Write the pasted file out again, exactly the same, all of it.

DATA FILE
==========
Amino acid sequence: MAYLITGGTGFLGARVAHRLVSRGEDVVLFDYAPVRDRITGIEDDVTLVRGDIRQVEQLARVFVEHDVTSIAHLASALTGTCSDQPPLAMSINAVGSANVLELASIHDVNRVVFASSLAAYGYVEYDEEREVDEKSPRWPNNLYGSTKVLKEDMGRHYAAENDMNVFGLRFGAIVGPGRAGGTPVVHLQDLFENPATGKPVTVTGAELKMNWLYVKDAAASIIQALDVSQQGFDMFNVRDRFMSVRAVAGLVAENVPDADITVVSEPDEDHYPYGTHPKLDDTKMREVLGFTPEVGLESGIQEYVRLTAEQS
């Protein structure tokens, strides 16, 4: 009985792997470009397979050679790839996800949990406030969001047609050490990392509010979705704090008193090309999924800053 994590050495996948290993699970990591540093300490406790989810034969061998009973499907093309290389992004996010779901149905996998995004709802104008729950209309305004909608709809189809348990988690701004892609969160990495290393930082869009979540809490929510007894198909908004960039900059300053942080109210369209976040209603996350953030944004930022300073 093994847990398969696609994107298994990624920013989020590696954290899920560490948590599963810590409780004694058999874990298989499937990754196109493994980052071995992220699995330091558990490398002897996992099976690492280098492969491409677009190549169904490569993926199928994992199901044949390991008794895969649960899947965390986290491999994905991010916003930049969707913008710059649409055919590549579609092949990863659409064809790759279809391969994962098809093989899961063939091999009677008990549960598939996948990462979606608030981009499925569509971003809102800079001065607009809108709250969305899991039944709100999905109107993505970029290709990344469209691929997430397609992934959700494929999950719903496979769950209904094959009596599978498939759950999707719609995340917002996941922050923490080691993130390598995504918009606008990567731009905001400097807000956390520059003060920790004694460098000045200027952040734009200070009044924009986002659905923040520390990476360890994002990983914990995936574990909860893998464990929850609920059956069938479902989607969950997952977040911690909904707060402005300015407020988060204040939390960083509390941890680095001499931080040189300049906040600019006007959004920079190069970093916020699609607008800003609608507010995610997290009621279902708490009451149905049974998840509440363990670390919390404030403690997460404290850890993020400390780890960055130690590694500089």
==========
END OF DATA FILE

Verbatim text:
Amino acid sequence: MAYLITGGTGFLGARVAHRLVSRGEDVVLFDYAPVRDRITGIEDDVTLVRGDIRQVEQLARVFVEHDVTSIAHLASALTGTCSDQPPLAMSINAVGSANVLELASIHDVNRVVFASSLAAYGYVEYDEEREVDEKSPRWPNNLYGSTKVLKEDMGRHYAAENDMNVFGLRFGAIVGPGRAGGTPVVHLQDLFENPATGKPVTVTGAELKMNWLYVKDAAASIIQALDVSQQGFDMFNVRDRFMSVRAVAGLVAENVPDADITVVSEPDEDHYPYGTHPKLDDTKMREVLGFTPEVGLESGIQEYVRLTAEQS
């Protein structure tokens, strides 16, 4: 009985792997470009397979050679790839996800949990406030969001047609050490990392509010979705704090008193090309999924800053 994590050495996948290993699970990591540093300490406790989810034969061998009973499907093309290389992004996010779901149905996998995004709802104008729950209309305004909608709809189809348990988690701004892609969160990495290393930082869009979540809490929510007894198909908004960039900059300053942080109210369209976040209603996350953030944004930022300073 093994847990398969696609994107298994990624920013989020590696954290899920560490948590599963810590409780004694058999874990298989499937990754196109493994980052071995992220699995330091558990490398002897996992099976690492280098492969491409677009190549169904490569993926199928994992199901044949390991008794895969649960899947965390986290491999994905991010916003930049969707913008710059649409055919590549579609092949990863659409064809790759279809391969994962098809093989899961063939091999009677008990549960598939996948990462979606608030981009499925569509971003809102800079001065607009809108709250969305899991039944709100999905109107993505970029290709990344469209691929997430397609992934959700494929999950719903496979769950209904094959009596599978498939759950999707719609995340917002996941922050923490080691993130390598995504918009606008990567731009905001400097807000956390520059003060920790004694460098000045200027952040734009200070009044924009986002659905923040520390990476360890994002990983914990995936574990909860893998464990929850609920059956069938479902989607969950997952977040911690909904707060402005300015407020988060204040939390960083509390941890680095001499931080040189300049906040600019006007959004920079190069970093916020699609607008800003609608507010995610997290009621279902708490009451149905049974998840509440363990670390919390404030403690997460404290850890993020400390780890960055130690590694500089």